Exhibition gives voice to students
Walking through the unassuming halls of Syracuse University’s Hoople Special Education Building, one wouldn’t expect to find much of interest. Yet displayed on the first floor hallway walls are photographs and poems that, upon consideration, reveal the thoughts and personal experiences of college students with disabilities. Whether the Braille cards with explanatory notes or the photos themselves catch the eye, PhotoVoice: Changing the Image of Disabilities — Reflections and Resolutions portrays a perspective that often goes unnoticed.
‘Most people don’t think about college students with disabilities,’ said Wendy Harbour, Lawrence B. Taishoff Professor for Inclusive Education in the School of Education.
Through PhotoVoice, people are given the opportunity to think about disability in a way that’s interactive and engaging, she said.
Harbour, also the executive director of the Taishoff Center for Inclusive Higher Education, first saw PhotoVoice while at an Association on Higher Education and Disability conference in Seattle in July 2011.
She was intrigued by the exhibit and arranged for it to be displayed at the Disabled and Proud conference, held in August 2011 at SU. The conference was planned by and for college students with disabilities, and it brought together student leaders to discuss disability in higher education, according to the Disabled and Proud website.
Displaying PhotoVoice at the conference allowed its participants to see art by other college students, Harbour said. The exhibit was so well received that Harbour asked to keep the display at SU through the fall 2011 semester.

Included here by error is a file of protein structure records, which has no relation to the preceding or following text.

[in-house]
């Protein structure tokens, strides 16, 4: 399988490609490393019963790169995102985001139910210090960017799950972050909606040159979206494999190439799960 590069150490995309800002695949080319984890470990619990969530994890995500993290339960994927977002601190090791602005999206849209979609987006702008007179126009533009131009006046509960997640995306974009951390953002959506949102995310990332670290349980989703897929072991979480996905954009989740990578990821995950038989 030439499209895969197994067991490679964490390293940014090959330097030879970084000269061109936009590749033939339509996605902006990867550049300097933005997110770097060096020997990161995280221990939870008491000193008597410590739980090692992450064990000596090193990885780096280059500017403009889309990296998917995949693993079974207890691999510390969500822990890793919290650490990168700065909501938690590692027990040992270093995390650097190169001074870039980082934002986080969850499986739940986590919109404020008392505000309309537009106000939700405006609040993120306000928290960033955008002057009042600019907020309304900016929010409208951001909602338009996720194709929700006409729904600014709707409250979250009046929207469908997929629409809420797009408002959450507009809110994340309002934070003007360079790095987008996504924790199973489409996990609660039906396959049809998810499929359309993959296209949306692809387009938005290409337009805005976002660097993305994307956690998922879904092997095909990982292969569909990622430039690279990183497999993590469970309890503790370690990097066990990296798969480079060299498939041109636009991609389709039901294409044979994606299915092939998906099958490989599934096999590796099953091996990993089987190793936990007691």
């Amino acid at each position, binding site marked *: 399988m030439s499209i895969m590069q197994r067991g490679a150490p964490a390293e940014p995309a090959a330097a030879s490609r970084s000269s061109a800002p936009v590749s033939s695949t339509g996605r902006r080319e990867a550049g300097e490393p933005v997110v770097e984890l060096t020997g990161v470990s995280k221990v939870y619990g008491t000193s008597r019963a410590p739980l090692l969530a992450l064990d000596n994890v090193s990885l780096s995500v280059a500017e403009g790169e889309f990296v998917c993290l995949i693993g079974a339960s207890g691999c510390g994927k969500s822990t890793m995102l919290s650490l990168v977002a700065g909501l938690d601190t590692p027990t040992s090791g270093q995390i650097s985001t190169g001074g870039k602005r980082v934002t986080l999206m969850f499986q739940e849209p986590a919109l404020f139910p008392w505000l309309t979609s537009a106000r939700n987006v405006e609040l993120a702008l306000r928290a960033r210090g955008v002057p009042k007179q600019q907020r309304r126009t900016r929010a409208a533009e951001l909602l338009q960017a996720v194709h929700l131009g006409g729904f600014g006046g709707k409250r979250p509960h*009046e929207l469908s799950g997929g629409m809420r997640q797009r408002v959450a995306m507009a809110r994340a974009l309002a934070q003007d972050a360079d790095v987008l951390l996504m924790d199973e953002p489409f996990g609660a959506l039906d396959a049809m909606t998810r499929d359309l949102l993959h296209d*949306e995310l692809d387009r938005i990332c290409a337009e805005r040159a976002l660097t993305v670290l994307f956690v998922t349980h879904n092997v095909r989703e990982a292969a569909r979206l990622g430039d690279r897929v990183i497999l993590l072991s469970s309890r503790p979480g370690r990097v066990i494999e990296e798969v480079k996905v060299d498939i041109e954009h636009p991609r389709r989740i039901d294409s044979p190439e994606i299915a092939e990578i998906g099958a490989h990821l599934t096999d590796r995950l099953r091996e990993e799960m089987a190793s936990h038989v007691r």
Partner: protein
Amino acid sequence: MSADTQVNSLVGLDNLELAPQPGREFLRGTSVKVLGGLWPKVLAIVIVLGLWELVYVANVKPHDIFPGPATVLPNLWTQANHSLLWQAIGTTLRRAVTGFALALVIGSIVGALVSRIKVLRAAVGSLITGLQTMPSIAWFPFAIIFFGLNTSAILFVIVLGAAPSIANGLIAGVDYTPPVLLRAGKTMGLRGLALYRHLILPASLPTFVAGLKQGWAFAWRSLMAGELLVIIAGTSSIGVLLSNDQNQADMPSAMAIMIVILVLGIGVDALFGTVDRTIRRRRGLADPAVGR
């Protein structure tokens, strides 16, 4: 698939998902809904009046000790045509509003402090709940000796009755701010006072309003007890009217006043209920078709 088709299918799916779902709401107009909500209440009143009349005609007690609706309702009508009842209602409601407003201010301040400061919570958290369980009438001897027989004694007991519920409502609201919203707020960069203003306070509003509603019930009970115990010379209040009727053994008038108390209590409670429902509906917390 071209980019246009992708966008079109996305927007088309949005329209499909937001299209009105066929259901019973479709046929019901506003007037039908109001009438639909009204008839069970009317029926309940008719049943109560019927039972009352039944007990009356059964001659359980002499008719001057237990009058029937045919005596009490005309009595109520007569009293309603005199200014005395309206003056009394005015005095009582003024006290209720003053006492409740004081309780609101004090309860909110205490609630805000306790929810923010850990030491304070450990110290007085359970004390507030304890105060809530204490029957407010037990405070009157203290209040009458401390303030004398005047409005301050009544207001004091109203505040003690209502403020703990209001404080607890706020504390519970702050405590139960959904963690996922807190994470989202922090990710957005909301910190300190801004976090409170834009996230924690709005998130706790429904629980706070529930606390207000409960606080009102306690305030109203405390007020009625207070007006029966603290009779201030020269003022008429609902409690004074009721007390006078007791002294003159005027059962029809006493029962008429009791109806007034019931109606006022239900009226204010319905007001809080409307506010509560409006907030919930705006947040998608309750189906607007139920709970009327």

The images on display in the Hoople building reflect a variety of different disabilities and viewpoints of students from Michigan, Missouri and South Carolina. One photograph by a student with vision impairment portrays an out-of-focus coffee shop menu. The note accompanying this photograph describes how the student often tells his friends he is not hungry when they are ordering food because it is difficult to read the menu. One set of photos captures how a handicapped parking spot was removed to make room for dumpsters. Another shows a sign that reads, ‘Elevator is out of order, but the stairs work just fine.’
‘It’s fun — and interesting — to see how college students choose to talk about their disabilities,’ Harbour said. ‘Some focus on the law, others talk about identity.’
The PhotoVoice projectfor college students with disabilitiesbegan at the University of South Carolina and Eastern Michigan University. Since then, more than a dozen other colleges and universities have participated in the project. At each school, students worked together to create an exhibit of photography and poems to express their feelings about living with disabilities.
PhotoVoice puts disability on the radar for anyone who happens to see it, whether or not they know or are connected to anyone with a disability, Harbour said.
Art can be a valuable tool for discussing disability, Harbour said. And while the photographs now on display are not by SU students, the Taishoff Center is working to have its students contribute to PhotoVoice. A PhotoVoice book is also a potential project, Harbour said.
‘It’s exciting to think that SU could have a part in expanding PhotoVoice.’
One gallery viewer,Rachel Romer, saw PhotoVoice while visiting the Hoople building. As president of Self-Advocacy for Change, an organization that brings people with disabilities together to initiate change, she has seen a number of PhotoVoice exhibits at other schools and events.
‘It brings people to realize that people with disabilities have voices,’ Romer said.
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